Hurricane Earl barrels toward Belize — rains, floods and high winds expected
Earl strengthened into a hurricane Wednesday and roared toward a nighttime landfall in the Caribbean nation of Belize as it brushed by Honduras, leaving felled trees and power lines in its path.
The storm dumped rain on nearly all of Honduras, where officials reported a lobster fishing boat was hit by a large wave in the Caribbean and capsized. Most of the 83 people on board were rescued, but the navy was looking for two missing people.
Authorities rescued four families in the coastal city of Trujillo after a river jumped its banks.
Lisandro Rosales, head of Honduras’ emergency commission, said there were reports of large numbers of trees and utility poles being knocked down. Schools and universities closed across Honduras’ Atlantic provinces as did two commercial airports.
The commission warned of torrential rains, particularly along the northern coast. The storm swept by the popular tourist destination of Roatan Island in the afternoon.
The U.S. National Hurricane Center in Miami said Earl threatened to bring heavy rains, flooding and high winds to Belize and Mexico.
In Belize, the government opened storm shelters and used radio and television broadcasts to urge residents of low-lying areas to move to higher ground.
Officials also ordered the international airport in Belize City to close, and archaeological reserves and national parks were shut. The Belize Tourism Board announced that cruise ship calls had been canceled for this week.
The government’s chief meteorologist, Dennis Gonguez, said the storm would likely come ashore as a Category 1 hurricane.
Long lines of vehicles formed at gas stations across Belize as residents filled their tanks in advance of Earl’s arrival. Stores were busy with people buying water and food.
Employees of the Caribbean Villas Hotel, in San Pedro on Belize’s Ambergris Caye, pulled in beach chairs and chaise longues as rain began to fall on the popular beach resort.
“Anything that’s not anchored in, we’ve pulled back and out of the way,” said hotel manager Paul Jewitt.
“It’s a big storm but we’re feeling relatively good over here,” he added, noting the hurricane was expected to make landfall farther south.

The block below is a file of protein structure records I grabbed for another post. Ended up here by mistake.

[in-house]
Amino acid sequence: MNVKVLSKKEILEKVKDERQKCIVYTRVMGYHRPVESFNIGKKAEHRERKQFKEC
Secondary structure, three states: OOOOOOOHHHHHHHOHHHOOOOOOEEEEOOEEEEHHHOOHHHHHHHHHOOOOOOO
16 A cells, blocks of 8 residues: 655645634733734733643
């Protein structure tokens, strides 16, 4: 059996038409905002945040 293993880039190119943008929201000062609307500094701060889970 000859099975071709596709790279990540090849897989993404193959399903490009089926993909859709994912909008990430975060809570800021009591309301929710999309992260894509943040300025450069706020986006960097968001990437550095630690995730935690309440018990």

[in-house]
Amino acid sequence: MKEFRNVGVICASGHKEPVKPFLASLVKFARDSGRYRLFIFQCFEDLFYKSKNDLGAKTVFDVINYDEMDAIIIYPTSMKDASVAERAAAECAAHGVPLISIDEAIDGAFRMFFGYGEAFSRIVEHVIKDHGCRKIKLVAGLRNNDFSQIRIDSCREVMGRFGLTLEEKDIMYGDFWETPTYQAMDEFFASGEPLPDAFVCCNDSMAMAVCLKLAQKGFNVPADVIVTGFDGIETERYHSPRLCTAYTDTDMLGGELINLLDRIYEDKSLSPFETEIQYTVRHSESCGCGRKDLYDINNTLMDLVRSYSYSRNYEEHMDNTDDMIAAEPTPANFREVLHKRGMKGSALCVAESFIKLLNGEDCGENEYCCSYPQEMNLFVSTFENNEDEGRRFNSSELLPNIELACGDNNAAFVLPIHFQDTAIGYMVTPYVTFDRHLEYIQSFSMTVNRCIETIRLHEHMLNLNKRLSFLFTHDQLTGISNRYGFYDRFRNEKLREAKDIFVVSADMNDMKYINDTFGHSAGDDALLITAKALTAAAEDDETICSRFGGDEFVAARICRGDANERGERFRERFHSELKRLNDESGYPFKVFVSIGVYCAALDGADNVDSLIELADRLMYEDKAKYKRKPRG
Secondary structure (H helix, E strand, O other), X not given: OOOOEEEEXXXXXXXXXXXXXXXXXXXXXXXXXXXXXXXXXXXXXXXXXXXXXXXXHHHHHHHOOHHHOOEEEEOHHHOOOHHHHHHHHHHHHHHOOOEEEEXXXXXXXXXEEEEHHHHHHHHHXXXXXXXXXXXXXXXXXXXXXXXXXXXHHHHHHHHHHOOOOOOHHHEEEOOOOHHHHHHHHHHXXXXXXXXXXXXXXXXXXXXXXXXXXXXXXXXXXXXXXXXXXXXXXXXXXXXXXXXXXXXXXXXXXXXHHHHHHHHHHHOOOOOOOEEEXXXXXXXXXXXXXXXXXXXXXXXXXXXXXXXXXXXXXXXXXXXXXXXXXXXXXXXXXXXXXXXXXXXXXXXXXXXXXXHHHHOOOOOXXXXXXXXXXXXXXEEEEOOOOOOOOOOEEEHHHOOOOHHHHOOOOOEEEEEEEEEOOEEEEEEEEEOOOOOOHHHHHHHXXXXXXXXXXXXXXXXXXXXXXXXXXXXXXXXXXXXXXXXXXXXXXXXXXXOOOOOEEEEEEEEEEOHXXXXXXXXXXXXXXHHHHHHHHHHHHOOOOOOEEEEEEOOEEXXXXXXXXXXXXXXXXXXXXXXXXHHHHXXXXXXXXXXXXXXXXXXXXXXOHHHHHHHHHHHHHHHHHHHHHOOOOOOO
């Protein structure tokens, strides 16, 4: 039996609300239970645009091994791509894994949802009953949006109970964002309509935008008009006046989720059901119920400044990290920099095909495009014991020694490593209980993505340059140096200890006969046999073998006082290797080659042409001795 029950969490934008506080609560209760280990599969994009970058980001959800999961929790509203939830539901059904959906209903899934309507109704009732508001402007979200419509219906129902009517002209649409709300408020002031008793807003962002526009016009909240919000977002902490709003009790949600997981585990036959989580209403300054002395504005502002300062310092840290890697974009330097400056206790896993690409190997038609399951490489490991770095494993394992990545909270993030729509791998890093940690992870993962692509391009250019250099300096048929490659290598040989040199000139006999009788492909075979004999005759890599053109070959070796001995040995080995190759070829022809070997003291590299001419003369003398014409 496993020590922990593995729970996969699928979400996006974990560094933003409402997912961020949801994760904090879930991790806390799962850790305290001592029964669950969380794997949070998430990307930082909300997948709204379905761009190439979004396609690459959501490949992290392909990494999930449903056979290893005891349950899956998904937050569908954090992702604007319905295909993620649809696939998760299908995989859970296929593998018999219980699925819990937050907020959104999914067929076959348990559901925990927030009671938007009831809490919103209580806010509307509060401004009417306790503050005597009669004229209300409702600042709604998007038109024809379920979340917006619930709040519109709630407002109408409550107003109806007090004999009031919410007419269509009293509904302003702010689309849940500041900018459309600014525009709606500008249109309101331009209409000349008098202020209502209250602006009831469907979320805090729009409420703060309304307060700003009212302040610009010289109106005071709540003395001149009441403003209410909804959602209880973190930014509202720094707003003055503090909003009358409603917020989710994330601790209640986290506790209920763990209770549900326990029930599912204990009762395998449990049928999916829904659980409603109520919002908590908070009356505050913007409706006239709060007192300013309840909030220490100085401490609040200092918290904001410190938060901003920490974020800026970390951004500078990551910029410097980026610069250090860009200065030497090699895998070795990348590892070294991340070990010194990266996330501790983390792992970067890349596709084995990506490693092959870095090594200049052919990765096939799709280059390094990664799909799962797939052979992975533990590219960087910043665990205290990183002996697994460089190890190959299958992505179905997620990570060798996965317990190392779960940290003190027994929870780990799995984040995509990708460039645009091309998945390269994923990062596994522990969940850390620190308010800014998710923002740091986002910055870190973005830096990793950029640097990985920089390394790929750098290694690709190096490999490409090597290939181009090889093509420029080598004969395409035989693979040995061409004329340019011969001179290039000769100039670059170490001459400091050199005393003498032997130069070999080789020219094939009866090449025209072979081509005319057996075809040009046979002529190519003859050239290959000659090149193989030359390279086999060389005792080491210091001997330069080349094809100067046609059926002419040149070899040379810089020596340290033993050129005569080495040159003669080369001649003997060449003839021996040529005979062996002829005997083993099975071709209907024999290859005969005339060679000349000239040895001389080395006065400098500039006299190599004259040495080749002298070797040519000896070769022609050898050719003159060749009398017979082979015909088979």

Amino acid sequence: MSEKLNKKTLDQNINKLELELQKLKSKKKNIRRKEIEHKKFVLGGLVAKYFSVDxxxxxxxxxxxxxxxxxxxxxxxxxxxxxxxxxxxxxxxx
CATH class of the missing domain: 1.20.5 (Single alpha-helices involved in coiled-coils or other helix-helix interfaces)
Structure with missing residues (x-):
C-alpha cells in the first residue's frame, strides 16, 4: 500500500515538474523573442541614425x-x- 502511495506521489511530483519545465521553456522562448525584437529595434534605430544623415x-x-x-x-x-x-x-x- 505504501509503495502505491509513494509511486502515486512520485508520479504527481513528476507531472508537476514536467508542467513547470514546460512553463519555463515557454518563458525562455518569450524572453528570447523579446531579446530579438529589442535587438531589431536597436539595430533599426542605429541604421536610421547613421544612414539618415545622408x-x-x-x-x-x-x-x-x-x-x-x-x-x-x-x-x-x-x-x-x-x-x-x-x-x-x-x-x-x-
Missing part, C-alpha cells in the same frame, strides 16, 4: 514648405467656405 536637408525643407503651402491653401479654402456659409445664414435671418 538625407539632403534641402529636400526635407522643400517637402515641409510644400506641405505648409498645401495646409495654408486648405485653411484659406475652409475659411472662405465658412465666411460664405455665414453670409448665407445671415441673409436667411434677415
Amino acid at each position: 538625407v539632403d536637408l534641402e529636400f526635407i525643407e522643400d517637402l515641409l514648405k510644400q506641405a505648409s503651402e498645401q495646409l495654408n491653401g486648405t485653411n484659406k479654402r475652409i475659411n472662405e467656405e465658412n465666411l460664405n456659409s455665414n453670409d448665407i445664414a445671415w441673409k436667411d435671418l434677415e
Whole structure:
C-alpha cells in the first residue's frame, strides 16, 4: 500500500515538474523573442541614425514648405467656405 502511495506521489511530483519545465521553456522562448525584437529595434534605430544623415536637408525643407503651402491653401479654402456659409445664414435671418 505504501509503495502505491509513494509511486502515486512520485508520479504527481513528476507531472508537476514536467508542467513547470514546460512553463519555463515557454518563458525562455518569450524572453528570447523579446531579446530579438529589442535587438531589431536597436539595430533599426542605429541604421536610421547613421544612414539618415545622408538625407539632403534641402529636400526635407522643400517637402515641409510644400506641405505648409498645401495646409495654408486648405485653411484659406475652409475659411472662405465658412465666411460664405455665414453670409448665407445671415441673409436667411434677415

“There’s some rainfall; it’s not anything excessive,” Jewitt said. “Obviously it’s going to get a lot harder as the day goes on.”
Maj. Shelton DeFour, national coordinator of Belize’s National Emergency Management Organization in Belmopan, said the cays — low-lying islands — were among the priorities in making hurricane preparations.
“The main aspects of the operations, in terms of movement of people from the cays, that operation so far went well,” DeFour said. “People must take necessary precautions. Shelters are opening, search and rescue personnel on standby, and we have deployed most of the public officers in the hot spots, particularly Belize City.”
“We are encouraging people to move to high ground, seek shelter, stay away from the coastline,” DeFour said, noting heavy rain was already hitting the capital, Belmopan. “The outer bands are upon us, so the conditions atmospherically are deteriorating, which means that from here on we are actually in a hurricane setting. People have to be smart.”
At the Palms Oceanfront Suites on Ambergris Caye, Ana Ico said the hotel began preparing two days ago and gave guests the option to evacuate to the mainland or stay at the hotel. About 12 guests chose to remain, Ico said.
“We’re giving them some water, flashlights, and informing them as we get updated on the storm,” she said.
On Sunday, Earl was a weaker tropical wave but knocked down power lines and started a fire that killed six passengers on a bus in the Dominican Republic.
Late Wednesday afternoon, Earl was a Category 1 hurricane with maximum sustained winds of 75 mph, the National Hurricane Center said. It was centered about 150 miles east of Belize City and moving west at 14 mph.
A hurricane warning was in place for Belize, parts of Mexico and islands off Honduras’ north coast.
Jones writes for the Associated Press.
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